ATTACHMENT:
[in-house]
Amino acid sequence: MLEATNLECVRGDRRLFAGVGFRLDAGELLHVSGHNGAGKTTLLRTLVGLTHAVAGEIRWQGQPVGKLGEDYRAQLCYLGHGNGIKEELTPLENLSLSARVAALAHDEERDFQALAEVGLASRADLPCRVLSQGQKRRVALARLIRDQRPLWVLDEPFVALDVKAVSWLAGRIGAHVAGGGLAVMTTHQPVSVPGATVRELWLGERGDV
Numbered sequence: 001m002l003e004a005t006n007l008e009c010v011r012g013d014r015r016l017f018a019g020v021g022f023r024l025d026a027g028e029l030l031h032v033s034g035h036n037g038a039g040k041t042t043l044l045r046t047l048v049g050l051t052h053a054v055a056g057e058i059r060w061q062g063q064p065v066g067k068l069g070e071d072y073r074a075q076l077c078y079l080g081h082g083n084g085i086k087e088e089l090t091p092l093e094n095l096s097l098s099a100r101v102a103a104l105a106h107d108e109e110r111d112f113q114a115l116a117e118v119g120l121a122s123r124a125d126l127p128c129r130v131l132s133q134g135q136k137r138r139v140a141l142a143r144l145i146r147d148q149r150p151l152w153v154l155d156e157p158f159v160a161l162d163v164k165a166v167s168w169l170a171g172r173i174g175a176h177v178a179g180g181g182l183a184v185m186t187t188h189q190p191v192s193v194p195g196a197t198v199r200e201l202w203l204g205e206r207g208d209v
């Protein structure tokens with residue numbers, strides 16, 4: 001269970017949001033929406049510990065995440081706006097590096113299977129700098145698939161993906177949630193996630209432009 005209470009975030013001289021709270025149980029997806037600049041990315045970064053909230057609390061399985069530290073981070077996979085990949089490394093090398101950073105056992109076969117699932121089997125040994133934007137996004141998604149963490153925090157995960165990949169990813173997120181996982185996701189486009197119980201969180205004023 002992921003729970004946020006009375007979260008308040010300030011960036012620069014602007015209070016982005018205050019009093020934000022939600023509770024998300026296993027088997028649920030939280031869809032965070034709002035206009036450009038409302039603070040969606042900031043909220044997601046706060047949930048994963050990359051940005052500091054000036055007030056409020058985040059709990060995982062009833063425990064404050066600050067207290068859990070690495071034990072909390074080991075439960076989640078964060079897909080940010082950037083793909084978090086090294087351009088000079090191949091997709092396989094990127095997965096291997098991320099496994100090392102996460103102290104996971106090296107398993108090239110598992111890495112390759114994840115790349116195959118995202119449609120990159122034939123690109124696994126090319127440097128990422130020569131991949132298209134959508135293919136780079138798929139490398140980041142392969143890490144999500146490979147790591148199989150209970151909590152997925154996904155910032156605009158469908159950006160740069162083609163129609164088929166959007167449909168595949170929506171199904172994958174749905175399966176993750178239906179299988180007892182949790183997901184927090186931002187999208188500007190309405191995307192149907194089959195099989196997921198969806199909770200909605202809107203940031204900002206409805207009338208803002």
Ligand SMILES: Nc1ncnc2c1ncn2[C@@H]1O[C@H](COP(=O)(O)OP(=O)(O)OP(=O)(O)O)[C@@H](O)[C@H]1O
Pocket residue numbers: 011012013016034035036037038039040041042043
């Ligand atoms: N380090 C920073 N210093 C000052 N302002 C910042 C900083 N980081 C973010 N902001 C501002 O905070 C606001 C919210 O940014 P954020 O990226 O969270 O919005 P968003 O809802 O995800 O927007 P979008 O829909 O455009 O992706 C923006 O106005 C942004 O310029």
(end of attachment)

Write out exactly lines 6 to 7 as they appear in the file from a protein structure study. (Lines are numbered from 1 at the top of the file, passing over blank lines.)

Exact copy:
Pocket residue numbers: 011012013016034035036037038039040041042043
């Ligand atoms: N380090 C920073 N210093 C000052 N302002 C910042 C900083 N980081 C973010 N902001 C501002 O905070 C606001 C919210 O940014 P954020 O990226 O969270 O919005 P968003 O809802 O995800 O927007 P979008 O829909 O455009 O992706 C923006 O106005 C942004 O310029």